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Fishing New Wires In An Older Home

Men fishing in boat
Looking For Fishing Line & Wire?

Fishing wires in your home can be a challenging exercise. With walls and ceilings finished getting a new electrical circuit, the continuation of an older electrical circuit, cable, satellite feeds or speaker wires from point A to point B generally requires a lot of thought and ingenuity.

While there is no guaranteed method, there are some basics that you should keep in mind when attempting to fish wires through covered walls.

Sometimes it is much easier to take a longer route, using more cable than it is to try and find the shortest route from A to B.

If you have an unfinished basement ceiling or a basement ceiling that is suspended, in theory you can access any point in the floor above, once you are in the basement.

The same or similar situation applies to the attic space, if it is unfinished, once you are in the attic, you can reach any point in the living space below.

Vent stacks run from the basement of a home, up through the living space, into the attic and out through the roof. In many cases when the vent stacks were installed the holes or notches that were placed in floor boards, upper and lower plates and headers were slightly larger than the diameter of the pipe. You might be able to use the extra space around vent pipes to run wires.

A tool that is extremely handy and not expensive is a fish tape, as shown in Figure 2. A fish tape allows you to snake through some extremely tight and awkward locations.

Figure 2 - Fish tape and reel
Figure 2 - Fish tape and reel

Remember that very few internal walls are insulated, hence if you can access the bottom and top of the wall, you can drop a fish line through a hole in the top plate of the wall and pick it up through a hole in the bottom plate. It can be tricky to find the base of the wall in the basement that you want to run through. There are two methods to identify the location of the wall from the basement.

  1. You can usually find the area and you can look for electrical wires that are already running through the ceiling and into the wall you wish to access. You can either use this hole if there is enough space around the current wire or drill another hole beside it.
  2. If there are no wires currently running up and into the wall. Remove the baseboard on the wall and drill a small hole (large enough to stick a coat hanger through) at an angle into the basement. Push the coat hanger through the hole and it should appear in the basement ceiling. Remove the coat hanger and drill straight up. If you angled correctly you should be in the middle of the wall plate.

Running speaker, cable and satellite feeds behind baseboards is also possible. In most cases there is a 1/2 inch gap between the bottom of the drywall and the floor, see Figure 3. (If there isn't a gap, you can create one.) The baseboard neatly hides this gap and there is no problem in running low voltage cable in this area.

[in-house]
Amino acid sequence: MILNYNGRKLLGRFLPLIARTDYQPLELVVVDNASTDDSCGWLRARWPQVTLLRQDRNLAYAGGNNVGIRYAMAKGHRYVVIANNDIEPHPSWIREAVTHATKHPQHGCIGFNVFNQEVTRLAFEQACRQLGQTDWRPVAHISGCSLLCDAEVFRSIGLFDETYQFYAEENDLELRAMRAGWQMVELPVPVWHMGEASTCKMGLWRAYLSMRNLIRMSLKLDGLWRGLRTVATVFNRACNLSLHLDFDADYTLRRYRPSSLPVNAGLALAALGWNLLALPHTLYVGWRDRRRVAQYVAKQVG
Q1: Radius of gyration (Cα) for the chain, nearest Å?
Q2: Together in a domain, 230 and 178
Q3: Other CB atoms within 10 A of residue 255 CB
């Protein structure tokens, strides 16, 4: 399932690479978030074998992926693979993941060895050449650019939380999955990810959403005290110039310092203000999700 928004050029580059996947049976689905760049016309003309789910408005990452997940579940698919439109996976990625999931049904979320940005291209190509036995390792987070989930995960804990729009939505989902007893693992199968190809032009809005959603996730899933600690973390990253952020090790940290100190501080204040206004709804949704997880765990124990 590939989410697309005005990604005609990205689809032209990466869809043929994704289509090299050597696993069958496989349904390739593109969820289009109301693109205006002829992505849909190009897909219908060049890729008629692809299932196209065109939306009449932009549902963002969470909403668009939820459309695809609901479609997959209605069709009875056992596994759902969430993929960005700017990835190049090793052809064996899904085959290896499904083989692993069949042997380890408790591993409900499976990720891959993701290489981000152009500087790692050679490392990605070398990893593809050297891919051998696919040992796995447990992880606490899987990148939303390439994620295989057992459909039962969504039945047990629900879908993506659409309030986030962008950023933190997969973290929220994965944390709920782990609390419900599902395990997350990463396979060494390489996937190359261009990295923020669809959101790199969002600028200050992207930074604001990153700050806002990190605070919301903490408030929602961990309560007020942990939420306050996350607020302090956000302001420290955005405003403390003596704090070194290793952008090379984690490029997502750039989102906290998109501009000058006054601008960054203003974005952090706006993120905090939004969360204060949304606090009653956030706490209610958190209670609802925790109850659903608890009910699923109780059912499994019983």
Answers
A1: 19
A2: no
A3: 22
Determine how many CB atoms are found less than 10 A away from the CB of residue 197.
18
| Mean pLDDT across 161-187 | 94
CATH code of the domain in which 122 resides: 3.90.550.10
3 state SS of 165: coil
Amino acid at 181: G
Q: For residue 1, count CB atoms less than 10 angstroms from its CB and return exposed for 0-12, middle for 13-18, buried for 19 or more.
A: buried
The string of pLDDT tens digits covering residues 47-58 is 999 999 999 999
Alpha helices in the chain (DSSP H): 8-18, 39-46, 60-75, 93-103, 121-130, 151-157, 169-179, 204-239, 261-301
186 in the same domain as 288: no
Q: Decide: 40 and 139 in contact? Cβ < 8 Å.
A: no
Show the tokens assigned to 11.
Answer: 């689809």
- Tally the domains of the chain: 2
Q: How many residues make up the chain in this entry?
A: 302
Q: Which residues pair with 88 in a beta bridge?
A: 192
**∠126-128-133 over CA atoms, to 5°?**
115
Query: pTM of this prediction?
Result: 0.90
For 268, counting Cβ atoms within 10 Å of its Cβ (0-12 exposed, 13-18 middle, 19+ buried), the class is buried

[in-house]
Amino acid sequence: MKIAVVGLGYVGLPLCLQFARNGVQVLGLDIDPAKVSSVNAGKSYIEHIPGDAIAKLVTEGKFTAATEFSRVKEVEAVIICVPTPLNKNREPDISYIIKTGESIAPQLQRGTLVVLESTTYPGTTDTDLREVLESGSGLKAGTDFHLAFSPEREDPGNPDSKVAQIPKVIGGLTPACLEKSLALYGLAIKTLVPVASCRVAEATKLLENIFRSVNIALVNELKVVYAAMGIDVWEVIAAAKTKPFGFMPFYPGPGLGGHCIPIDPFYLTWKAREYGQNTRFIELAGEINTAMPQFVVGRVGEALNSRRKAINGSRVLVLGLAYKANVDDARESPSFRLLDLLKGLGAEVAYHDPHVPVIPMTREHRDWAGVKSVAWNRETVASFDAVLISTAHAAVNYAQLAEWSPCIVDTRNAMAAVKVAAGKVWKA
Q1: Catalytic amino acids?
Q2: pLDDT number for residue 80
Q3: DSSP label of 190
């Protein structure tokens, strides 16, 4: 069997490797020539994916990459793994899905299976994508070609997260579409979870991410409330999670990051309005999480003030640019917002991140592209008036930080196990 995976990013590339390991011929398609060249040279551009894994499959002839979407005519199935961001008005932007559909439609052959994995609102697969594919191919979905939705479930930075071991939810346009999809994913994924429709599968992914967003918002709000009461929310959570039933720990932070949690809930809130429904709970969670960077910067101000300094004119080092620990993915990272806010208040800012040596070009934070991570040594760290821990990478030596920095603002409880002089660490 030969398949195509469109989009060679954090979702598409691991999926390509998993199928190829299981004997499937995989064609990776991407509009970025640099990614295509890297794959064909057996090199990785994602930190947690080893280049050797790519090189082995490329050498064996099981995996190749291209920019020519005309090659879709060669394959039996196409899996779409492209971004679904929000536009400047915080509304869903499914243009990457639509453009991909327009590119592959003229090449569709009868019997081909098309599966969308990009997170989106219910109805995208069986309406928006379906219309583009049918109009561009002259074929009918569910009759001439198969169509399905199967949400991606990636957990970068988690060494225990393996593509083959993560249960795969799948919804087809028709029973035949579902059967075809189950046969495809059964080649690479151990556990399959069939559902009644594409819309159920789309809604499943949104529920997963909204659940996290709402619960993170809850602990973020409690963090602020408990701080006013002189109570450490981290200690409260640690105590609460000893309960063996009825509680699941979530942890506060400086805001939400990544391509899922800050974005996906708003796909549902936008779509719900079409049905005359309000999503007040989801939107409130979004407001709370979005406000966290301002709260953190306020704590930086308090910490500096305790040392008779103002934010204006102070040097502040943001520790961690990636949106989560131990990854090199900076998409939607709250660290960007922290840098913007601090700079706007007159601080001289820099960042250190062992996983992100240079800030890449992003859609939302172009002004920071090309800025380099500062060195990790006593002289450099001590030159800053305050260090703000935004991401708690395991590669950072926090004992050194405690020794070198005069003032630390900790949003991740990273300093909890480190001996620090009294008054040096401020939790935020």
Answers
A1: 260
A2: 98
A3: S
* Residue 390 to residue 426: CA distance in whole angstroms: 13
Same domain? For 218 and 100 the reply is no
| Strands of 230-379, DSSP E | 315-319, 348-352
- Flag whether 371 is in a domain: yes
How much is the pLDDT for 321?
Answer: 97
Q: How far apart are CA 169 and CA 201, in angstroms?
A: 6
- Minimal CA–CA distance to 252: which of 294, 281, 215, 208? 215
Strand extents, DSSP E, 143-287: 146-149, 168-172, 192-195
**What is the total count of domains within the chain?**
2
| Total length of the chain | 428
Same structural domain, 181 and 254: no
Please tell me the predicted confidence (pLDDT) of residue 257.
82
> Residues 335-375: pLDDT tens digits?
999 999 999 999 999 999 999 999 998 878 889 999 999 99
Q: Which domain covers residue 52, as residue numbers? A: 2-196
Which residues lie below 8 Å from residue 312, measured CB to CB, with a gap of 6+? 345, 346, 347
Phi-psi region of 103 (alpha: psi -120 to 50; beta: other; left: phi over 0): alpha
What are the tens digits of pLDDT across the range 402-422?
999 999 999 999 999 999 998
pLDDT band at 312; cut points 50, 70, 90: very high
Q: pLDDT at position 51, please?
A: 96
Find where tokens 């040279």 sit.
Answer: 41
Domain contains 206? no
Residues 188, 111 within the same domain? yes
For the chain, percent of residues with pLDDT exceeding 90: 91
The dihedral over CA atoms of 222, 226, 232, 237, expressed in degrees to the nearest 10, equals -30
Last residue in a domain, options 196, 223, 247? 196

fishing electrical cable and wire behind a baseboard
Figure 3 - Fishing electrical cable and wire behind a baseboard

If you use this area to run wires, be cautious when nailing the baseboard back on. Keep the nails high so as not to hit the cables that you have installed.

Another method of running wires from the basement and into the attic is to use the back corners of closets. The wire can be easily hidden by using a concave molding or a plastic or metal wire channel (raceway), see Figure 4, which is designed for running wires on the outside of walls.

If all else fails you can run a PVC conduit from the basement to the attic on the outside of your home.

Plastic raceway
Figure 4 - Plastic raceway

Areas that are difficult to feed wires include any opening such as windows, doors and a pass-through. These areas are constructed using solid headers, usually 2 × 8, 2 × 10 and sometimes 2 × 12 lumber placed on its edge. Trying to feed wires past these headers is almost impossible.

If you are successful at fishing a wire through a difficult area, it is always wise to also fish an additional string or single wire that, if necessary, in the future would allow you to pull another wire through the same area.

Of special note, when fishing through walls, especially in older homes, it is not uncommon to face a fire stop in the wall. A fire stop is a piece of 2 × 4 run horizontally in the middle of the framing. Its purpose was to prevent the spread of fire through the spaces between studs, between floors in a home. There is little that can be done if you face a fire stop in your attempt to fish a wire that does not require some damage to plaster or drywall. The easiest way around the problem is to drill a hole above the fire stop at an angle that will go through the fire stop. Fish the wire from above to hole that was made and then fish the wire through the hole in the fire stop. This hole need be no larger than 3/4 of an inch. So the repair is not overly onerous.